Mayweather v Pacquiao – Fight Of A Lifetime
Floyd Mayweather Jnr v Manny Pacquiao
The most anticipated fight in boxing history is just days, maybe hours, away from being confirmed for May 3rd. For a number of reasons now, nearly too many to fathom, the match-up to end all match-ups has always fallen at the final hurdle.
Politics in boxing is beyond complicated and those complexities have never been rifer than during the attempts to pair off Pound4Pound kings, Floyd Mayweather Jnr and Manny Pacquiao. That failure has dogged the sport for years.
Many have wondered why it’s taken until now for such an obvious clash to take place. Surely two of the greatest fighters in the history of boxing, of the same generation, fighting in the same weight class, would have met long ago. Claim and counter-claim have been thrown by both Mayweather and Pacquiao as to who was ducking who. The original fight was scheduled over four years ago when the pair were at the peak of their powers.
After his spectacular knockout of Ricky Hatton two years previous, Mayweather had decided to retire at just 31, gloriously undefeated and heralded as the P4P number one boxer on the planet.
During those years, Manny Pacquiao would go on to cement his own legacy as one of the greatest fighters in boxing history. His incredible victories over Oscar De La Hoya, Ricky Hatton and Miguel Cotto caused such frenzy that a bout between the pair was thought to be inevitable. That Mayweather could never claim to be the greatest while this Filipino Phenom tore everyone around him asunder.
The reasons for the fight falling through are well publicised now. Mayweather’s demands for Olympic-style drug testing – breaking with normal protocol – felt like a pre-fight jab from ‘Money’ that Pacquiao’s ascent to the pinnacle of boxing had been compromised. At least that’s how the Filipino’s camp, and the media, had taken the slightly odd requests. Mud was slung in the weeks and months afterwards with the American accusing Pacquaio of drug taking whilst Mayweather was accused of running scared, that he was afraid of losing his ‘undefeated’ legacy. Those themes have continued over the years right up until this point.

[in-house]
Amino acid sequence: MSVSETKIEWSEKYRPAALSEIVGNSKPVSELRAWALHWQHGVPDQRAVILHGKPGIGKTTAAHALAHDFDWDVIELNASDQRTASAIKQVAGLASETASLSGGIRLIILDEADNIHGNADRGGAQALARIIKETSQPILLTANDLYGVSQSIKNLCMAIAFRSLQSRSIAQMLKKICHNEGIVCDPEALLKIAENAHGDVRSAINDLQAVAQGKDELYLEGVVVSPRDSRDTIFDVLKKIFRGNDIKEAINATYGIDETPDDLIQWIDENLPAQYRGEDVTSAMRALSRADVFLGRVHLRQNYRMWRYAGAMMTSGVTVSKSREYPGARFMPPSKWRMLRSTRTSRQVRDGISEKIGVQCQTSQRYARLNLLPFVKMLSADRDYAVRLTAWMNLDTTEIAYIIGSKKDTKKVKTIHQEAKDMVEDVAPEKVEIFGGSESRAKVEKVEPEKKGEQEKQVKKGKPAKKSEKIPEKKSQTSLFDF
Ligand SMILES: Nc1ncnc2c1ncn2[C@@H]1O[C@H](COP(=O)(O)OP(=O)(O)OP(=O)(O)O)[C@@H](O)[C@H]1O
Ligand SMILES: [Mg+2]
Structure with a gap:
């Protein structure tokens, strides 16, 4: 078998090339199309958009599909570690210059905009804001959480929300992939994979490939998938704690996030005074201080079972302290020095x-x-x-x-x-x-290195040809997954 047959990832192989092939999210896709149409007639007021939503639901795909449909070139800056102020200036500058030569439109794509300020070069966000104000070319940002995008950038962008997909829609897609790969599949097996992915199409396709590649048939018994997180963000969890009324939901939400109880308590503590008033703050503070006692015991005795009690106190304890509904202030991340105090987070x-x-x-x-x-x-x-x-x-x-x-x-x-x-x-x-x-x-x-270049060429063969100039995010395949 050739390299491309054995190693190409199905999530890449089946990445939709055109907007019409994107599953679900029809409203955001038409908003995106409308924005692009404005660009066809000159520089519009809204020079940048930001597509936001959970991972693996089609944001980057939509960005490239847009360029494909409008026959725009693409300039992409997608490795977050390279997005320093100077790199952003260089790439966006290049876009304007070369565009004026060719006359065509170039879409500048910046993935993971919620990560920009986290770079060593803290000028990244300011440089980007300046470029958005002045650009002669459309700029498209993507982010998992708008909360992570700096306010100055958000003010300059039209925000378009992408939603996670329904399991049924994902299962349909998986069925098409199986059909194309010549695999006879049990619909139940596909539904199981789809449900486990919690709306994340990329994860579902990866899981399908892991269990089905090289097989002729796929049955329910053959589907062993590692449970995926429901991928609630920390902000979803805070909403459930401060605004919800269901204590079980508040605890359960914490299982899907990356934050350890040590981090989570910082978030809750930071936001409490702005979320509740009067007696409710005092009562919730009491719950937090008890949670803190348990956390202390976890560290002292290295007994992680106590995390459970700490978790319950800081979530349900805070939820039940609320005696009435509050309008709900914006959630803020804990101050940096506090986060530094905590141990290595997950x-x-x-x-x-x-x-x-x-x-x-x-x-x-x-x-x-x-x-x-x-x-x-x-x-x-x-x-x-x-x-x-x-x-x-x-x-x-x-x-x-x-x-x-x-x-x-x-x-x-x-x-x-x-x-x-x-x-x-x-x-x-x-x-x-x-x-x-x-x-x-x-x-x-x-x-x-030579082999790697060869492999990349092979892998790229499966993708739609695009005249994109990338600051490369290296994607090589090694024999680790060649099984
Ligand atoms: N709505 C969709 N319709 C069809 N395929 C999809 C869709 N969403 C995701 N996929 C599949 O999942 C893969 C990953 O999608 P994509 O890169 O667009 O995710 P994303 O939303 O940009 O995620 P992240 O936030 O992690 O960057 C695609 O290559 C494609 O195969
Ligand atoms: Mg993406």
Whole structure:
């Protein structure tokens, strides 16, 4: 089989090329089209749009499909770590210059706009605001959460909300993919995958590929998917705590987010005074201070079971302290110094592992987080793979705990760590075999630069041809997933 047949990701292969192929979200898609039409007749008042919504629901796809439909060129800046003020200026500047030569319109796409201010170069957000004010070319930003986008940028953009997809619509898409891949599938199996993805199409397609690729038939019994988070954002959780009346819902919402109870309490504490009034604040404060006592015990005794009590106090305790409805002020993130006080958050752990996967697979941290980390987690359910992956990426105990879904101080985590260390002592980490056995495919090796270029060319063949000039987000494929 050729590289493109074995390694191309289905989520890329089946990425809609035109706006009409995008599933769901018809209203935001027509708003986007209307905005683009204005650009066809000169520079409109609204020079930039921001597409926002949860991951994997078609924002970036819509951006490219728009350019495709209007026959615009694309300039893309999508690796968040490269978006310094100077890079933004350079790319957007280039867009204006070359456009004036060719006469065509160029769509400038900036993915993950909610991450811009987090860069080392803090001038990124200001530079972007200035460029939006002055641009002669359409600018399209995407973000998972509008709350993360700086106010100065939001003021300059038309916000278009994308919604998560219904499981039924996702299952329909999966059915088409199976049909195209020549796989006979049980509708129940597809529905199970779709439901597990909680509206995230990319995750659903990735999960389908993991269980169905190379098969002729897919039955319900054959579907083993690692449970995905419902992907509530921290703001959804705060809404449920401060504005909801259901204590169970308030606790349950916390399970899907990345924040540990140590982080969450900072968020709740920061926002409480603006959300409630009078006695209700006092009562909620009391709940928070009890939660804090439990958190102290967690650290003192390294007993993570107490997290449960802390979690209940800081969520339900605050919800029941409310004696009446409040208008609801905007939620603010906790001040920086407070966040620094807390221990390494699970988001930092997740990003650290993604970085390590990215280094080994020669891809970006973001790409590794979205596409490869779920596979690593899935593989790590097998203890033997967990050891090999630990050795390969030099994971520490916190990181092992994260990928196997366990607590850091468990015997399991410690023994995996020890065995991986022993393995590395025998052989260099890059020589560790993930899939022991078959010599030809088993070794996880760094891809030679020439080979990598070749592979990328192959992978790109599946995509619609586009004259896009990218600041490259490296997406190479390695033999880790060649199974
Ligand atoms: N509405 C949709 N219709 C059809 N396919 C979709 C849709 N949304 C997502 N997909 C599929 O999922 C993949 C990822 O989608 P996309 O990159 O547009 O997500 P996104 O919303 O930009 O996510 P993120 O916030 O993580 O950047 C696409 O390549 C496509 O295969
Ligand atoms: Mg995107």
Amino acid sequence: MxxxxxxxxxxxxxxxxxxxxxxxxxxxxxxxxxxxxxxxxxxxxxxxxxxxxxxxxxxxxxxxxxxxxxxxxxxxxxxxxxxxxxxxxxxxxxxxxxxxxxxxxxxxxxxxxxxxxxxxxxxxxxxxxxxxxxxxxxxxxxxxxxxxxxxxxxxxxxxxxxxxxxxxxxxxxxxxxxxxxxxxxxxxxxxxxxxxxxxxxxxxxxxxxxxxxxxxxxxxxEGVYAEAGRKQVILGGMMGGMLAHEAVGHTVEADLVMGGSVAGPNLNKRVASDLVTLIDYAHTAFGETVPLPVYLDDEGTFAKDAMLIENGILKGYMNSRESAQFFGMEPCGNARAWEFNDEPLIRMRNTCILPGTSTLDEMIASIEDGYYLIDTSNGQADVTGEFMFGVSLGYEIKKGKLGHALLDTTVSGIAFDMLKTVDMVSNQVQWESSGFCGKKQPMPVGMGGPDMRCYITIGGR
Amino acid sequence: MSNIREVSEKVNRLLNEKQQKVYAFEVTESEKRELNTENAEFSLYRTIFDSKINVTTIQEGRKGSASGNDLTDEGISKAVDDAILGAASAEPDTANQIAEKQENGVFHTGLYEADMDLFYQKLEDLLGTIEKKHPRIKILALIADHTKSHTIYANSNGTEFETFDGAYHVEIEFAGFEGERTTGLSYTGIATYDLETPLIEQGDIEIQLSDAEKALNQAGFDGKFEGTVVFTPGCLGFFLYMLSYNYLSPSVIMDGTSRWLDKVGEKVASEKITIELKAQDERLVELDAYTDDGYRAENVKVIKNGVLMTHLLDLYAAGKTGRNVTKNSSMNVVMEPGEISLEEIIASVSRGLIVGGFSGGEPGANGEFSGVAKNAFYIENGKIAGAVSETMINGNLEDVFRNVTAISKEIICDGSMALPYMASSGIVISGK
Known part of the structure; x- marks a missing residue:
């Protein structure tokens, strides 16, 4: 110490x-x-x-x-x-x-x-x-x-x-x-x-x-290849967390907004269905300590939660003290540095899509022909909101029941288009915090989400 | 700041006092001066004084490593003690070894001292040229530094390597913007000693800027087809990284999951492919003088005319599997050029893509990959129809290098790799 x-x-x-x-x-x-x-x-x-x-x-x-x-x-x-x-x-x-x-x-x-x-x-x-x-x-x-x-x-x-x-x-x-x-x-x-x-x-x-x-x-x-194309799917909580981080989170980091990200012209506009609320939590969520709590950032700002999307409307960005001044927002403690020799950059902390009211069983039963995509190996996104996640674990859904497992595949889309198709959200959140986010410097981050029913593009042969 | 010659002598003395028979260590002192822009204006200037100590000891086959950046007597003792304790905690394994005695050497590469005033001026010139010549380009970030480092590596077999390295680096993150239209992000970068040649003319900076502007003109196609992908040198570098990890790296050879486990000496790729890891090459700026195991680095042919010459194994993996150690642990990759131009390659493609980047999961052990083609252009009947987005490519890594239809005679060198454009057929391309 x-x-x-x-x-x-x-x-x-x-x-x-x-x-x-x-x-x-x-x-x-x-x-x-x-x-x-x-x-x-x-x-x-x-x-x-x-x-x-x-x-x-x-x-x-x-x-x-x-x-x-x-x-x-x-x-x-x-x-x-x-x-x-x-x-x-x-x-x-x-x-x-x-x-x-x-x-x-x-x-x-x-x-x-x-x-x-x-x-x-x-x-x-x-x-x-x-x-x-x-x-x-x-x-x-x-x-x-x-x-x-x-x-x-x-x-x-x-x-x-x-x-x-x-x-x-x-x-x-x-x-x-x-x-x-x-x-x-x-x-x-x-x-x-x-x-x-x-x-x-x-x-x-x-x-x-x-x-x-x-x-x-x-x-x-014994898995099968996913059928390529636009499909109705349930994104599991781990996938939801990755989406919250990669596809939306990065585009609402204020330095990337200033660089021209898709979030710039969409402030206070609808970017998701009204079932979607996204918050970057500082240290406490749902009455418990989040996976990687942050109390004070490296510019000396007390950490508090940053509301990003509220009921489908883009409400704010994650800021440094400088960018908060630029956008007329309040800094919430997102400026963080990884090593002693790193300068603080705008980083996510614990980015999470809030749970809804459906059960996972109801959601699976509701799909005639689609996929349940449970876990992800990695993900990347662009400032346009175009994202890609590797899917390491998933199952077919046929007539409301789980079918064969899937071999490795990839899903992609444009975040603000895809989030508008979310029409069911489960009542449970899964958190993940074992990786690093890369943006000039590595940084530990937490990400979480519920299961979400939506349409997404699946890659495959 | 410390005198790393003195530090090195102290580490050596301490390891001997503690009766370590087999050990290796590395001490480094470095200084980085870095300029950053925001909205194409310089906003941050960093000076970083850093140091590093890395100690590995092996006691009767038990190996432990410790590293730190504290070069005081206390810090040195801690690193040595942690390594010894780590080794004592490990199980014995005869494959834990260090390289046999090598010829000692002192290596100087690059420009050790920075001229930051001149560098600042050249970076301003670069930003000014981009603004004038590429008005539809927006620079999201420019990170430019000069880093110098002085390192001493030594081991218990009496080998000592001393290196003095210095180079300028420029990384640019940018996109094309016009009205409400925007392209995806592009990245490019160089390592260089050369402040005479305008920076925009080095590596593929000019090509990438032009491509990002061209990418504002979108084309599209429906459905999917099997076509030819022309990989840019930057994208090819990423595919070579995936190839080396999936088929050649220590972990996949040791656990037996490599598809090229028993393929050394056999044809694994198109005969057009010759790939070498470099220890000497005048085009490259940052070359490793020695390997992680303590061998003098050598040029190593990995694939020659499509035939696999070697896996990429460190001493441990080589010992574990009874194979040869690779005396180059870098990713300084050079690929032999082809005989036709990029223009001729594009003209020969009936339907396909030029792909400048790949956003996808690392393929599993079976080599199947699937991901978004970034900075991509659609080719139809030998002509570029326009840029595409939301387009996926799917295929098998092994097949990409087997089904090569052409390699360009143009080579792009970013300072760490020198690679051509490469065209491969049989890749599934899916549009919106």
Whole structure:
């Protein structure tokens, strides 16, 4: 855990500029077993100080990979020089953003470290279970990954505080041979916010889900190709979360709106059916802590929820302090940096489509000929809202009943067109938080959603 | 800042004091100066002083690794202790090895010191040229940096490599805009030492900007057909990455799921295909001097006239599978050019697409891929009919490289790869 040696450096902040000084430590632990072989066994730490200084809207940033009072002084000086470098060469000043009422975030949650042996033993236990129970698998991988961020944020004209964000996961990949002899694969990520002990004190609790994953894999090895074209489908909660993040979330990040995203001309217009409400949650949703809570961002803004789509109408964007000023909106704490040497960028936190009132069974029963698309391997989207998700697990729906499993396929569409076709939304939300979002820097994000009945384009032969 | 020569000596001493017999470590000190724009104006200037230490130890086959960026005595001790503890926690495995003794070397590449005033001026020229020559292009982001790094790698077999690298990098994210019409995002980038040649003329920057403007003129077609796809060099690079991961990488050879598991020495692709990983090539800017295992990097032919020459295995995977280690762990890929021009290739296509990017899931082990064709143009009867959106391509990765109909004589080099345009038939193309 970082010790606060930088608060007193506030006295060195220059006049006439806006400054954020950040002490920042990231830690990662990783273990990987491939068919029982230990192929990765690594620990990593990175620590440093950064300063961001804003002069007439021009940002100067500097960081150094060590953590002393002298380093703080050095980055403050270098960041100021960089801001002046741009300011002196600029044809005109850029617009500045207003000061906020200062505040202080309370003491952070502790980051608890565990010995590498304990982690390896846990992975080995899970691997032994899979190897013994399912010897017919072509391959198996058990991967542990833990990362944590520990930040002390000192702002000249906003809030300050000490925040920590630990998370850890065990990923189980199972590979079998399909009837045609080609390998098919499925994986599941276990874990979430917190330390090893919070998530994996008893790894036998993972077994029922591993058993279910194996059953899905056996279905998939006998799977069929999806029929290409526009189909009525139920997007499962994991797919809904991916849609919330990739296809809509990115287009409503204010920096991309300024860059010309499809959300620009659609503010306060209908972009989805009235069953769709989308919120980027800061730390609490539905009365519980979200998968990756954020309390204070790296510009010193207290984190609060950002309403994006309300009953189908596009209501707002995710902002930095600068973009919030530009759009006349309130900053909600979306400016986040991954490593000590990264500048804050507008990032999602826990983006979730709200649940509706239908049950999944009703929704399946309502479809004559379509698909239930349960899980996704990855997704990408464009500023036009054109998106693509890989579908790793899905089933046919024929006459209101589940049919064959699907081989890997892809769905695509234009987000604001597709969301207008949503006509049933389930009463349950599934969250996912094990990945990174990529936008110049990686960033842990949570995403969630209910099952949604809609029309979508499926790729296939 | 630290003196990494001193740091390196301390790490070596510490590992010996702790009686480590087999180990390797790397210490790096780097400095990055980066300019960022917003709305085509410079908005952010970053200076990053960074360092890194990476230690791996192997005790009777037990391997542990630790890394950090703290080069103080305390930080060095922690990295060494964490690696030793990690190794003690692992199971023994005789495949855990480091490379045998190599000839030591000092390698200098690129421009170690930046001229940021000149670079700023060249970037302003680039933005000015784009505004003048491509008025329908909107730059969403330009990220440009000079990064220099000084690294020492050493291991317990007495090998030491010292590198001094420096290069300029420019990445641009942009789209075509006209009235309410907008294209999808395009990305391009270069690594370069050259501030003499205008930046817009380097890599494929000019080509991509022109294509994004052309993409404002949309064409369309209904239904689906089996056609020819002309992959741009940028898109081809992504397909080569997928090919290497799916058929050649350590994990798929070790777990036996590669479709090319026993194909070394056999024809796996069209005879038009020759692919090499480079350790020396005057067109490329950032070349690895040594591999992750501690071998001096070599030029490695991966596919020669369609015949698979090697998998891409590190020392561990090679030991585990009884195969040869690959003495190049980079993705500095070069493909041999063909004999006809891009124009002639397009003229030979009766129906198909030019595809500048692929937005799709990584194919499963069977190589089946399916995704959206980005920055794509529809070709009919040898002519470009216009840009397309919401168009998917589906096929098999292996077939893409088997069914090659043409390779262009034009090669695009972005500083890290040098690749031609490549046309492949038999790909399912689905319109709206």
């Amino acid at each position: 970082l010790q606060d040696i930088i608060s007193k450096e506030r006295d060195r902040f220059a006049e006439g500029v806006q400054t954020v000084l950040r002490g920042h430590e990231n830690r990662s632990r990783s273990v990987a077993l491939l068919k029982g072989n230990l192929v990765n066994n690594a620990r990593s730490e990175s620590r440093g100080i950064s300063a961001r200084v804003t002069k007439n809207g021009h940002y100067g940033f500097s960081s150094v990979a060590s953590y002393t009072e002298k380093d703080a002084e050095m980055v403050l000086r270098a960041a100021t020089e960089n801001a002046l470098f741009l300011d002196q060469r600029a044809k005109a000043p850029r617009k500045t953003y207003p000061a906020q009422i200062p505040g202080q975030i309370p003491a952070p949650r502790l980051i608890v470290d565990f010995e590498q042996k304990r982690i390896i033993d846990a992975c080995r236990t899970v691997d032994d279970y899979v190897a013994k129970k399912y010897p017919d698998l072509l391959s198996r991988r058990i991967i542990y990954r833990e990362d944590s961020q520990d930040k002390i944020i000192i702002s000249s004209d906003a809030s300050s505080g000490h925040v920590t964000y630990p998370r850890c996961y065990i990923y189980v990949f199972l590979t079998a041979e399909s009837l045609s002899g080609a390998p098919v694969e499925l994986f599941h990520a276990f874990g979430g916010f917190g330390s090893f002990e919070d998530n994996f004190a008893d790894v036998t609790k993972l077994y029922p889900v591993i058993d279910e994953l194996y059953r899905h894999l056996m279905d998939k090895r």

Who would win the fight, though? It’s a hugely intriguing clash of styles. Mayweather: the sleek, stylish defensive master versus Pacquiao: the all-action, angle-defying southpaw who never stops attacking.
In the four years since the collapse of the original bout, one would argue Pacquaio has weathered worst between the pair. Impressive victories over the much larger Antonio Margarito and ‘Sugar’ Shane Mosley were overshadowed by consecutive defeats to Timothy Bradley and a horrible knockout by Juan Manuel Marquez. Whilst he has won his last three fights, many have felt he has laboured and at 36, with so many iconic battles behind him, he hasn’t much left in the tank.
Mayweather, meanwhile, has been busy picking off the likes of Miguel Cotto, ‘Canelo’ Alvarez and Marcos Maidana and has done so with relative ease, keeping each fighter at a distance, picking them off in boxing masterclasses, on the end of little punishment. Even at a year older than his arch-nemesis, many feel ‘Money’ is the fresher and less damaged of the two.
Pacquiao’s style is arguably the more pleasing on the eye for the neutral. A fusion of furious flurries from all angles, he rarely covers up and defends himself. Mayweather is the polar opposite. The traditionalists’ dream, he is arguably the greatest defensive technician to ever lace up the gloves. He has rarely been downed in a fight due to his head and body movement and even though Pacquaio’s speed and angular shots would trouble Mayweather, Manny’s predisposition for attacking boxing would fall right into Floyd’s hands.
Dissecting the possible outcomes of the fight are futile at this point, though; the world just wants to see two of the best fighters ever get it on and decide once and for all, who is the best of the current generation. Any last minute hitches in negotiations leading to another collapse would be devastating. Mayweather and Pacquiao have a duty, not just to their legacies, but to the sport of boxing to make this happen.